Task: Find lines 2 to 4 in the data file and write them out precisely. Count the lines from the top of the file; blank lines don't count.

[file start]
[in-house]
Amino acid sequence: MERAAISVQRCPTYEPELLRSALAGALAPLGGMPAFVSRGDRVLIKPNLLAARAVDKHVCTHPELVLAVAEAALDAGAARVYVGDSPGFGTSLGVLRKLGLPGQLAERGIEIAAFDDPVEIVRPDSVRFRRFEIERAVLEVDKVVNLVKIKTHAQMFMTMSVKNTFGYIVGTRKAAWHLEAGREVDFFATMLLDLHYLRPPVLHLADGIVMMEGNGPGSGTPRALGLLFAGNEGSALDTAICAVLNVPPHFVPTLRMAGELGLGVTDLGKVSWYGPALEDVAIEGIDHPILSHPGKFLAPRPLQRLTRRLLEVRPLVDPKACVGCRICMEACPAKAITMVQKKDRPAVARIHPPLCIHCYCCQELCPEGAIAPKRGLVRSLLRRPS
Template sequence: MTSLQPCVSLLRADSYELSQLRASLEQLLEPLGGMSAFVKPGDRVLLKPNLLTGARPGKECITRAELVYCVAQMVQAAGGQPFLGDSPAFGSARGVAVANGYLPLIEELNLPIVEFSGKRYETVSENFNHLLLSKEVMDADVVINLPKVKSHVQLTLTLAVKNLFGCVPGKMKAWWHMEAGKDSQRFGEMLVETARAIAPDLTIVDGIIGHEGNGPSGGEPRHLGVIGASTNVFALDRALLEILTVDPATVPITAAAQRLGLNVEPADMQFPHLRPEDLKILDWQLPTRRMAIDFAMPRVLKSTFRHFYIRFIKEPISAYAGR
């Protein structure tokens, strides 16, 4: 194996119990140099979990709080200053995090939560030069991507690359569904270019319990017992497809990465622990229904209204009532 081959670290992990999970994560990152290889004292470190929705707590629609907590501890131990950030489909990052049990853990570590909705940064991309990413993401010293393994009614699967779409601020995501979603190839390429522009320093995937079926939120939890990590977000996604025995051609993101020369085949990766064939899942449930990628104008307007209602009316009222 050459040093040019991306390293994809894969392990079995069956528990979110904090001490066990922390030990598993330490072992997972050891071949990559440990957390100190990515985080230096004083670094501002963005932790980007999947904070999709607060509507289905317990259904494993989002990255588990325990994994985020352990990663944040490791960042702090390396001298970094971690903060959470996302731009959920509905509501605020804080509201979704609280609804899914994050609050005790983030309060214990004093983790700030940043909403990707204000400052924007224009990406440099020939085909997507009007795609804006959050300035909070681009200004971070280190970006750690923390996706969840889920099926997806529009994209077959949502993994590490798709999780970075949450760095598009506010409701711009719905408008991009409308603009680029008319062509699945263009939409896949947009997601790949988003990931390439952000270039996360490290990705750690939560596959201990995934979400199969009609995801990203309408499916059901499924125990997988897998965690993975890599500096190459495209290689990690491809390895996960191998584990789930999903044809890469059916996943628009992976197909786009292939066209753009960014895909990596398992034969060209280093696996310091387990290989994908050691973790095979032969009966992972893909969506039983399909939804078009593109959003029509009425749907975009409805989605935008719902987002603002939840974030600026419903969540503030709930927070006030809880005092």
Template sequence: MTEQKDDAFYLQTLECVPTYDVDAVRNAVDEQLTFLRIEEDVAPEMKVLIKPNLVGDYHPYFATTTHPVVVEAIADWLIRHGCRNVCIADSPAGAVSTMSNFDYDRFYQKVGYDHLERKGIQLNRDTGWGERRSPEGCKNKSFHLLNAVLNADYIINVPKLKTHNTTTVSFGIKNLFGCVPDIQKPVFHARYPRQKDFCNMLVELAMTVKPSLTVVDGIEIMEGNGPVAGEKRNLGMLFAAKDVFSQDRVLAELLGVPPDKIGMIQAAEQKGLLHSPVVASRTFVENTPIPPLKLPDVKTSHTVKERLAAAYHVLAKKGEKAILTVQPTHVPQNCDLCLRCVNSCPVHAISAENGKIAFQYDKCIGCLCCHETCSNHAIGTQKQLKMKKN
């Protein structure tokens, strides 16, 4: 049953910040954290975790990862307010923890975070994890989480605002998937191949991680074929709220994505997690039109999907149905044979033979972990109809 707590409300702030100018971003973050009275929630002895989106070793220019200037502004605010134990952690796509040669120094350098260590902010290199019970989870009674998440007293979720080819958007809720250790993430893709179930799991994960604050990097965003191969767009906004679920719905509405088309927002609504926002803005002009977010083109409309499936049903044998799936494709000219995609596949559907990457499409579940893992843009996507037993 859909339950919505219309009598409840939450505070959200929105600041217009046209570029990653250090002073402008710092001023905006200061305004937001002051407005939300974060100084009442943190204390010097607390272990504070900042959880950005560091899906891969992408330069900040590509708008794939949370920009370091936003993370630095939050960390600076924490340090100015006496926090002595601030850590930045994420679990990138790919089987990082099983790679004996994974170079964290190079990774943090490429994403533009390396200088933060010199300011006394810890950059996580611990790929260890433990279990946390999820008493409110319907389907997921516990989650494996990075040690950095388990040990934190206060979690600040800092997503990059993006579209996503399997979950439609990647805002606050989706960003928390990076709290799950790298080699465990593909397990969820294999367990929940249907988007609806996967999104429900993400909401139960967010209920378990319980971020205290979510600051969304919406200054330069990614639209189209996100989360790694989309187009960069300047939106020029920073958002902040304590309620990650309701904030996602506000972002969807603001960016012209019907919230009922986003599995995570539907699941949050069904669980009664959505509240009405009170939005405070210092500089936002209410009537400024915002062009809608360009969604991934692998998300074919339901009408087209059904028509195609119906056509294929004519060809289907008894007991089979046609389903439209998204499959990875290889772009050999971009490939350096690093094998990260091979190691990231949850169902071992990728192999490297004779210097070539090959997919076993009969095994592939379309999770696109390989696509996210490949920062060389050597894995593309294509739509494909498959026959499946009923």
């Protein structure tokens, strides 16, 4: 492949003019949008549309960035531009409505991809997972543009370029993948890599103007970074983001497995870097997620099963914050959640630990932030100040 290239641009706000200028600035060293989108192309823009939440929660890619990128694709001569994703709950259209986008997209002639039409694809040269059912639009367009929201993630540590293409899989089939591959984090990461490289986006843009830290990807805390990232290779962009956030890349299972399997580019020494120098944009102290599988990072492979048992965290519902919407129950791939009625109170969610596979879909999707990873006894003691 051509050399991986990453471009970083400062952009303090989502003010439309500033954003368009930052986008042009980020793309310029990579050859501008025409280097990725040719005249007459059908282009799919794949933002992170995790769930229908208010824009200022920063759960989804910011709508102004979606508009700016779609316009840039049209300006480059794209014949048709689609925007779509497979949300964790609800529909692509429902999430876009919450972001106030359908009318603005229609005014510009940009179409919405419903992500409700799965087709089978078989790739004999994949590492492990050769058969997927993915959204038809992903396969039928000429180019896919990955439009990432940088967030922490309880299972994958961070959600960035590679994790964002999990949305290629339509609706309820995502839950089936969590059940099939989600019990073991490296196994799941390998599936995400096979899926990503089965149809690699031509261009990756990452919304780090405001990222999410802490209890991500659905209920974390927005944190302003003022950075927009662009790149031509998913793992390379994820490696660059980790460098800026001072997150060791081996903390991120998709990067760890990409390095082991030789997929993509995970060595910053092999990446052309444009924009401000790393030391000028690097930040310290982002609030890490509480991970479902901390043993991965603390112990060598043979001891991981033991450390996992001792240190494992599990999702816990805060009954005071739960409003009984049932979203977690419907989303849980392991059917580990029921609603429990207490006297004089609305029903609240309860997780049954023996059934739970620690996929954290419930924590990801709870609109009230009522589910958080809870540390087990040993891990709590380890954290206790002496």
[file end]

Amino acid sequence: MERAAISVQRCPTYEPELLRSALAGALAPLGGMPAFVSRGDRVLIKPNLLAARAVDKHVCTHPELVLAVAEAALDAGAARVYVGDSPGFGTSLGVLRKLGLPGQLAERGIEIAAFDDPVEIVRPDSVRFRRFEIERAVLEVDKVVNLVKIKTHAQMFMTMSVKNTFGYIVGTRKAAWHLEAGREVDFFATMLLDLHYLRPPVLHLADGIVMMEGNGPGSGTPRALGLLFAGNEGSALDTAICAVLNVPPHFVPTLRMAGELGLGVTDLGKVSWYGPALEDVAIEGIDHPILSHPGKFLAPRPLQRLTRRLLEVRPLVDPKACVGCRICMEACPAKAITMVQKKDRPAVARIHPPLCIHCYCCQELCPEGAIAPKRGLVRSLLRRPS
Template sequence: MTSLQPCVSLLRADSYELSQLRASLEQLLEPLGGMSAFVKPGDRVLLKPNLLTGARPGKECITRAELVYCVAQMVQAAGGQPFLGDSPAFGSARGVAVANGYLPLIEELNLPIVEFSGKRYETVSENFNHLLLSKEVMDADVVINLPKVKSHVQLTLTLAVKNLFGCVPGKMKAWWHMEAGKDSQRFGEMLVETARAIAPDLTIVDGIIGHEGNGPSGGEPRHLGVIGASTNVFALDRALLEILTVDPATVPITAAAQRLGLNVEPADMQFPHLRPEDLKILDWQLPTRRMAIDFAMPRVLKSTFRHFYIRFIKEPISAYAGR
């Protein structure tokens, strides 16, 4: 194996119990140099979990709080200053995090939560030069991507690359569904270019319990017992497809990465622990229904209204009532 081959670290992990999970994560990152290889004292470190929705707590629609907590501890131990950030489909990052049990853990570590909705940064991309990413993401010293393994009614699967779409601020995501979603190839390429522009320093995937079926939120939890990590977000996604025995051609993101020369085949990766064939899942449930990628104008307007209602009316009222 050459040093040019991306390293994809894969392990079995069956528990979110904090001490066990922390030990598993330490072992997972050891071949990559440990957390100190990515985080230096004083670094501002963005932790980007999947904070999709607060509507289905317990259904494993989002990255588990325990994994985020352990990663944040490791960042702090390396001298970094971690903060959470996302731009959920509905509501605020804080509201979704609280609804899914994050609050005790983030309060214990004093983790700030940043909403990707204000400052924007224009990406440099020939085909997507009007795609804006959050300035909070681009200004971070280190970006750690923390996706969840889920099926997806529009994209077959949502993994590490798709999780970075949450760095598009506010409701711009719905408008991009409308603009680029008319062509699945263009939409896949947009997601790949988003990931390439952000270039996360490290990705750690939560596959201990995934979400199969009609995801990203309408499916059901499924125990997988897998965690993975890599500096190459495209290689990690491809390895996960191998584990789930999903044809890469059916996943628009992976197909786009292939066209753009960014895909990596398992034969060209280093696996310091387990290989994908050691973790095979032969009966992972893909969506039983399909939804078009593109959003029509009425749907975009409805989605935008719902987002603002939840974030600026419903969540503030709930927070006030809880005092």